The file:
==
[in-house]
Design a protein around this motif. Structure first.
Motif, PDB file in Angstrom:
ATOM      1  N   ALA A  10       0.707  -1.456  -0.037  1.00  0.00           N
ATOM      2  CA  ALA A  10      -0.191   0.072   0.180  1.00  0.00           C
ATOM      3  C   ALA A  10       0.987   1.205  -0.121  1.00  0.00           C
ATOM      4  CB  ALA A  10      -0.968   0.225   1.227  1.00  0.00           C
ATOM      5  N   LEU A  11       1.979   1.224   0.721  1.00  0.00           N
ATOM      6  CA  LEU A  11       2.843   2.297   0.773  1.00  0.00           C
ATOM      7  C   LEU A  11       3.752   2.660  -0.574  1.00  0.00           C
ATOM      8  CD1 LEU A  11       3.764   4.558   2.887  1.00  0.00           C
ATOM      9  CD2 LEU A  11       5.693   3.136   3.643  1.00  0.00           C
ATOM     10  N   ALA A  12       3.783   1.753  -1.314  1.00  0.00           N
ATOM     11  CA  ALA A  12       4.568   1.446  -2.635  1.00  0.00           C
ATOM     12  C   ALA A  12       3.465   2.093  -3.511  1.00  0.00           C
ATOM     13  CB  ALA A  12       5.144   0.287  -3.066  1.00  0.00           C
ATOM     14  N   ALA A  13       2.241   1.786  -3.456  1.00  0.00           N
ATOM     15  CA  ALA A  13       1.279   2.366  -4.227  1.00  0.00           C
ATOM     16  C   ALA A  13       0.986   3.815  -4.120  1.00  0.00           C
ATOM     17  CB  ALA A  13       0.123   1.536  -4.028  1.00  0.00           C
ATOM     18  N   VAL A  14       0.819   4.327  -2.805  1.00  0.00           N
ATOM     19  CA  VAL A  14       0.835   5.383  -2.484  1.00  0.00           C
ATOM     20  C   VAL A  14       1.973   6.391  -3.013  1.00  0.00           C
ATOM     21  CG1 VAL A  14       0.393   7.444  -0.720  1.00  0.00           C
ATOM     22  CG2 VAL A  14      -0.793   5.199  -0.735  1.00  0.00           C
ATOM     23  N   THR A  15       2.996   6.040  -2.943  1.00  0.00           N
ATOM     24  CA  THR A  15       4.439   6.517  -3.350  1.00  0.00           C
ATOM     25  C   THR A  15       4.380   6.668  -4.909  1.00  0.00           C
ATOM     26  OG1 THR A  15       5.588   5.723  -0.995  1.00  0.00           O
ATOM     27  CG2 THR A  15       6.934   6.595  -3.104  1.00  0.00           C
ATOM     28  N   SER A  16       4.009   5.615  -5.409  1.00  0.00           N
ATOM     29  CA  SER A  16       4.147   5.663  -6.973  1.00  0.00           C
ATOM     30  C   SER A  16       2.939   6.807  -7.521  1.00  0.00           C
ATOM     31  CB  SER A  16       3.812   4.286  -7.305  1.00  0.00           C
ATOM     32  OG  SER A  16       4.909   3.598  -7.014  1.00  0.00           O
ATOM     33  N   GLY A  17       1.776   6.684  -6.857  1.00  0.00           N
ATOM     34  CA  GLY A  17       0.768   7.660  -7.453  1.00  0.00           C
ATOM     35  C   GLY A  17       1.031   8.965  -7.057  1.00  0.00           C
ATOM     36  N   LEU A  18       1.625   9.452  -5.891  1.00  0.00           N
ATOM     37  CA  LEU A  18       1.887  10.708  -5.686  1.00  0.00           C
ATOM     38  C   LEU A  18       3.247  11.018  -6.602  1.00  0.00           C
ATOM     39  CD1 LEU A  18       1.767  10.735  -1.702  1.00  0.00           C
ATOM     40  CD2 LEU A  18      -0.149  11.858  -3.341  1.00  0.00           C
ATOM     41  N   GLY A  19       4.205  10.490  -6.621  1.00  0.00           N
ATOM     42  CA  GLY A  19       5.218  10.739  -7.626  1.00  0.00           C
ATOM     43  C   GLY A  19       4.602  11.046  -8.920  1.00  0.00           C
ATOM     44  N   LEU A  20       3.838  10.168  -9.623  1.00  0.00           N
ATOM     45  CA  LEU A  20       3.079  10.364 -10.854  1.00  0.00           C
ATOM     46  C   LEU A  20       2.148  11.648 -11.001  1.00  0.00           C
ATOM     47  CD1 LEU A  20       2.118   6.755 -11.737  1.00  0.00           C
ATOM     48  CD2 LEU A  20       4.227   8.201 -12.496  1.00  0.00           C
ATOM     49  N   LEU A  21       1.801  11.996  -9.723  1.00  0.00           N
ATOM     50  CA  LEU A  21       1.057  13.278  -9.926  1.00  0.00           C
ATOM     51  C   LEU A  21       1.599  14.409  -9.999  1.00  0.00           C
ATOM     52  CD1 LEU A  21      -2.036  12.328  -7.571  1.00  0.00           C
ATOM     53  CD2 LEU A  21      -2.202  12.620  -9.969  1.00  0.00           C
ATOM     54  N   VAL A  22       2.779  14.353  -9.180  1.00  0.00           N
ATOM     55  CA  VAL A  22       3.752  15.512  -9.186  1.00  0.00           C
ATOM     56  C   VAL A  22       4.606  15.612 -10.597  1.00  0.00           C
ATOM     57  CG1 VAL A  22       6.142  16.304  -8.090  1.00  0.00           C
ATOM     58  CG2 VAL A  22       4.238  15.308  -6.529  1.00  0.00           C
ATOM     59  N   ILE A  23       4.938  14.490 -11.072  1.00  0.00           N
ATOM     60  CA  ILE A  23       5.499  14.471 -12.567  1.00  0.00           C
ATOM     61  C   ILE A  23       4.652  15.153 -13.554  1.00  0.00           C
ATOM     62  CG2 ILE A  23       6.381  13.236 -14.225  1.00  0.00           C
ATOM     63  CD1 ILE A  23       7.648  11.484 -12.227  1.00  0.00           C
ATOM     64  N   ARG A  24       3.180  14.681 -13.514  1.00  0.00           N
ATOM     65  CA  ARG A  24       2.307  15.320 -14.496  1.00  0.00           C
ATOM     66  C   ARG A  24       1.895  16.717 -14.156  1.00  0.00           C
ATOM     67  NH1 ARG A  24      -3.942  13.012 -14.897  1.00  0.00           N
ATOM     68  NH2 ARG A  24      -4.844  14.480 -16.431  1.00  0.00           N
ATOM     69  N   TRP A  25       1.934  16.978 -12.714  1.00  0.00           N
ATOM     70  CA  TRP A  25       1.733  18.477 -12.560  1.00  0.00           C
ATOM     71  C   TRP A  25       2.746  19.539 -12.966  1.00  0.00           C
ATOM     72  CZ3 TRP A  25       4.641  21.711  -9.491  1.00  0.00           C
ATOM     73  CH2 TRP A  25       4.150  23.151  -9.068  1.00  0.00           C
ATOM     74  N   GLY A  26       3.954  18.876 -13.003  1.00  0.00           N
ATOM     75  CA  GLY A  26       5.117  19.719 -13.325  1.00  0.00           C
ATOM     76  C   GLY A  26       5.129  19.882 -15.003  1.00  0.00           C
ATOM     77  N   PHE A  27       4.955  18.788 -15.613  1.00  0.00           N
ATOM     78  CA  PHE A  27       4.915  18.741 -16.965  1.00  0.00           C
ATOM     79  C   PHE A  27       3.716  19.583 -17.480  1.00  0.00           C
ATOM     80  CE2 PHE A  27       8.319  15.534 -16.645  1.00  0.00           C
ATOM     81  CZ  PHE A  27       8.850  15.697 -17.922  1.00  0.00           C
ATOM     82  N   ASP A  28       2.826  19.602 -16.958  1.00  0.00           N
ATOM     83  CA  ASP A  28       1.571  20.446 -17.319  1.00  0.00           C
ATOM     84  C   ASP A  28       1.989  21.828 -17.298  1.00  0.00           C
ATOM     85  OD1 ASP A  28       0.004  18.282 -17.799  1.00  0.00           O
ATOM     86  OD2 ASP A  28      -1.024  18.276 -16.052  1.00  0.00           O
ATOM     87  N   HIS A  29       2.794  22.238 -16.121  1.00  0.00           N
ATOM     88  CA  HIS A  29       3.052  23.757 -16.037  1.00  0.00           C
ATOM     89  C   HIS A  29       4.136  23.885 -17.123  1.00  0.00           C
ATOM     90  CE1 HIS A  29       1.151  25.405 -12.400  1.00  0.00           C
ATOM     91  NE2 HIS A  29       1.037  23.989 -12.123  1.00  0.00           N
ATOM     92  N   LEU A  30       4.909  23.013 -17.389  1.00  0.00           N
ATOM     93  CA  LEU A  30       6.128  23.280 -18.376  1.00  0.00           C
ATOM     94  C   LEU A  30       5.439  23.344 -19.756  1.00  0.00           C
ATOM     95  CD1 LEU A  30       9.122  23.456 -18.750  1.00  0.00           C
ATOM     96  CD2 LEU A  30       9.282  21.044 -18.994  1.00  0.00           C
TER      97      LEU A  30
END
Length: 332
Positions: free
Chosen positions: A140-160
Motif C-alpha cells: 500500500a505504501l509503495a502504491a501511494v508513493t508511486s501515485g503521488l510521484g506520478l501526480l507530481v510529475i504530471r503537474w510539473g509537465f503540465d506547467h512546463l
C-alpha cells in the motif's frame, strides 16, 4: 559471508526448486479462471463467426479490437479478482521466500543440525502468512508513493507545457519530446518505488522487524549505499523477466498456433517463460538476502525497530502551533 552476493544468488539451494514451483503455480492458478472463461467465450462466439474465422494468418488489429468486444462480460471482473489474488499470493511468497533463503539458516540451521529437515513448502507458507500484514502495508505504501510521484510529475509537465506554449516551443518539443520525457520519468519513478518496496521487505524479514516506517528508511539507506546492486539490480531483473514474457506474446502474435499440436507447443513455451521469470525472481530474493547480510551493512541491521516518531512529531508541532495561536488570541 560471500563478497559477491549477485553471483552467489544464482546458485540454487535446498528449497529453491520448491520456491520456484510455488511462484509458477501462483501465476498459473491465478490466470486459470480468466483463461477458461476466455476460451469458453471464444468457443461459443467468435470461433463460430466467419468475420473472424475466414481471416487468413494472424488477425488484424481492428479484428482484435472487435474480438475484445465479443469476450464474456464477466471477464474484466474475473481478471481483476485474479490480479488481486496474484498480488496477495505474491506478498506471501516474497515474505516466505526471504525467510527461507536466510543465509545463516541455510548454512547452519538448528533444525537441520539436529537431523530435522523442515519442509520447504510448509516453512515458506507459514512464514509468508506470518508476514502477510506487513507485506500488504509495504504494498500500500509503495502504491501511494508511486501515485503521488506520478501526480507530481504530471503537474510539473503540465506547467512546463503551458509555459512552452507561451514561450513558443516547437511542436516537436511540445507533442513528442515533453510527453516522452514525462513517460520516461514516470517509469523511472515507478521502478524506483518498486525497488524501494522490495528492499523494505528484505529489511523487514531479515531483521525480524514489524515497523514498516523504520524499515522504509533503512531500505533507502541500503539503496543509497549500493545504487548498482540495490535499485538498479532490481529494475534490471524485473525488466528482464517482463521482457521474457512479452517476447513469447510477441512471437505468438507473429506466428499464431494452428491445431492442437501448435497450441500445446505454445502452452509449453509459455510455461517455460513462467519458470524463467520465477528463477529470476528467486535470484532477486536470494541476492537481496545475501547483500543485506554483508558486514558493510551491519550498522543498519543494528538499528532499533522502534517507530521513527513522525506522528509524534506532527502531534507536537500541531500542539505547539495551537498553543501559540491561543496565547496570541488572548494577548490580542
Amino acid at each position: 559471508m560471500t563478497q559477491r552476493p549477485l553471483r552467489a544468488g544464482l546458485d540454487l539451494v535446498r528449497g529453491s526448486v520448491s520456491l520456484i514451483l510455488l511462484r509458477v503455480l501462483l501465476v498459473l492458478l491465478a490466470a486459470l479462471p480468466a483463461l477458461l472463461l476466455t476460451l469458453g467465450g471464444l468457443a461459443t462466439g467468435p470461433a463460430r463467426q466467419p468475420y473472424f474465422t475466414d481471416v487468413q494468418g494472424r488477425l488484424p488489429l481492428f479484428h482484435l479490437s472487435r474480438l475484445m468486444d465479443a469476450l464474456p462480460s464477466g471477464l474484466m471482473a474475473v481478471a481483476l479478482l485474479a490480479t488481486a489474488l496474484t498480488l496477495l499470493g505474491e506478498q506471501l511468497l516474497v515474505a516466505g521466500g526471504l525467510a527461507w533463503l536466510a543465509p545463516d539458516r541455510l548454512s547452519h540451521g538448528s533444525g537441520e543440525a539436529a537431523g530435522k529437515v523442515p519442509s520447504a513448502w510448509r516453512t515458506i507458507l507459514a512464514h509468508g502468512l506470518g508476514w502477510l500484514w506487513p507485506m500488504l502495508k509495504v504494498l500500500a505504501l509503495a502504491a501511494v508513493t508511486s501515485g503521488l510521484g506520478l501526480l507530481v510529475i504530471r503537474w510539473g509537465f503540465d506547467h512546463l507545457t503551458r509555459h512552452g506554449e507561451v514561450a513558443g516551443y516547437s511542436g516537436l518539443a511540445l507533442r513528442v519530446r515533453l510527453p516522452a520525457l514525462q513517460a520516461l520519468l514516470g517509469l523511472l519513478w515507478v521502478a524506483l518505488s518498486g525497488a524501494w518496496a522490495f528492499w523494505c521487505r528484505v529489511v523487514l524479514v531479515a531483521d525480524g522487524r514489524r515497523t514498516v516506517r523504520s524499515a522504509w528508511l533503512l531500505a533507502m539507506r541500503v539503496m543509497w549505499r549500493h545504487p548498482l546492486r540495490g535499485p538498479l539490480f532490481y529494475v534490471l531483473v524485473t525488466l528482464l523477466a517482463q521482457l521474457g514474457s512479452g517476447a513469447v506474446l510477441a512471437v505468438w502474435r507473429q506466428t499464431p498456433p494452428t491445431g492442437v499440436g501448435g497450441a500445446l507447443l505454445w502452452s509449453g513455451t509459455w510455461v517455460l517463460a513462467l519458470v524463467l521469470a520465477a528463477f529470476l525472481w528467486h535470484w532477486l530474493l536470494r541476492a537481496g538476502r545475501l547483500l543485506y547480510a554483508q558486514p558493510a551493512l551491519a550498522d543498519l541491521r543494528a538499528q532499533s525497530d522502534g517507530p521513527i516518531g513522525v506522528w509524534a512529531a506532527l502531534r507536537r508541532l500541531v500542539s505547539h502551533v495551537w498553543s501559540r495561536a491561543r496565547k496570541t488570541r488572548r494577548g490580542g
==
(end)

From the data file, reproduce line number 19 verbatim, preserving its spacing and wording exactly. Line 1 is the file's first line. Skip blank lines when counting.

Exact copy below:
ATOM     16  C   ALA A  13       0.986   3.815  -4.120  1.00  0.00           C